Two important points about open adoption:
1) Where "open" adoption is concerned, I'd like you to read sonofasurrogate's blog about a male adoptee friend of his...and the reaction this friend had when his real mother - whom he had known all along - had a baby.
"I innocently asked, "So J, whaddya think of Connor? Isn't he an absolute doll?" The dam burst, the levy broke and the floodgate blew apart at that moment. J, sobbing the hardest I have ever seen anyone do, flung himself across my lap, clutched my knees, and wept into my stoneblast Levis. "WHY DIDN'T SHE KEEP ME?! WHY DIDN'T SHE WANT ME?!" he wailed. Over and over he repeated these two things until the dam broke inside myself. "
and, further down the page:
"So John and Paul were wrong and Aretha was right. Love isn't all you need. You need respect, too. And respect is something I never got. Neither did Jason. The first disrespect came when you took us from our mothers and you gave us a substitute. AS IF we had no feelings. AS IF we wouldn't notice."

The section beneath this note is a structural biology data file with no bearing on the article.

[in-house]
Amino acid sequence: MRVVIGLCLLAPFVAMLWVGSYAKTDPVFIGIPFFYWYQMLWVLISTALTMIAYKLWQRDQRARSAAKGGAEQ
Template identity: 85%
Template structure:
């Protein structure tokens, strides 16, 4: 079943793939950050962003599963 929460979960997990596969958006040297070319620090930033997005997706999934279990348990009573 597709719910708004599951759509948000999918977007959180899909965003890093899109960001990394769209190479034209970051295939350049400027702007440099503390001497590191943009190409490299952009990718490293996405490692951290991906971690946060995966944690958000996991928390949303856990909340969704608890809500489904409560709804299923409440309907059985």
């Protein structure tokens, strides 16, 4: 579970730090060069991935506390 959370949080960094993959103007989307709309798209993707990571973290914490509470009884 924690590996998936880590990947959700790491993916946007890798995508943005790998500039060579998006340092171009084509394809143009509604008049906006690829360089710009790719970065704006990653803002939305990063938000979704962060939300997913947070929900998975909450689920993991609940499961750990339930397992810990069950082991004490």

2) Some people say with adoption the natural mother's loss is the same as the infertile adoptive person's loss. (The mother loses her child; the adoptive person could not have their own child or lost their own child in infancy. )
But it's not the same.
- A natural death/infertility is not the same as having your offspring taken because someone else wants to buy or "get" him.
- The natural mother goes through the experience of having her own offspring put into a position of powerlessness, treated like a "bastard" and disrespected.
- The natural mother may later discover that her offspring is suffering, feeling abandoned and "unwanted" by the person who was most supposed to be there for him. That when she was advised to "sacrifice" herself for her baby, the reality was that society was really sacrificing both of them.
These points are true with open adoption as well as closed adoption. If you did not already read it, please read
Love Isn't All You Need
and when you get done with that read
The Open Adoption Experiment - which was also written by an adopted person in an "open" adoption.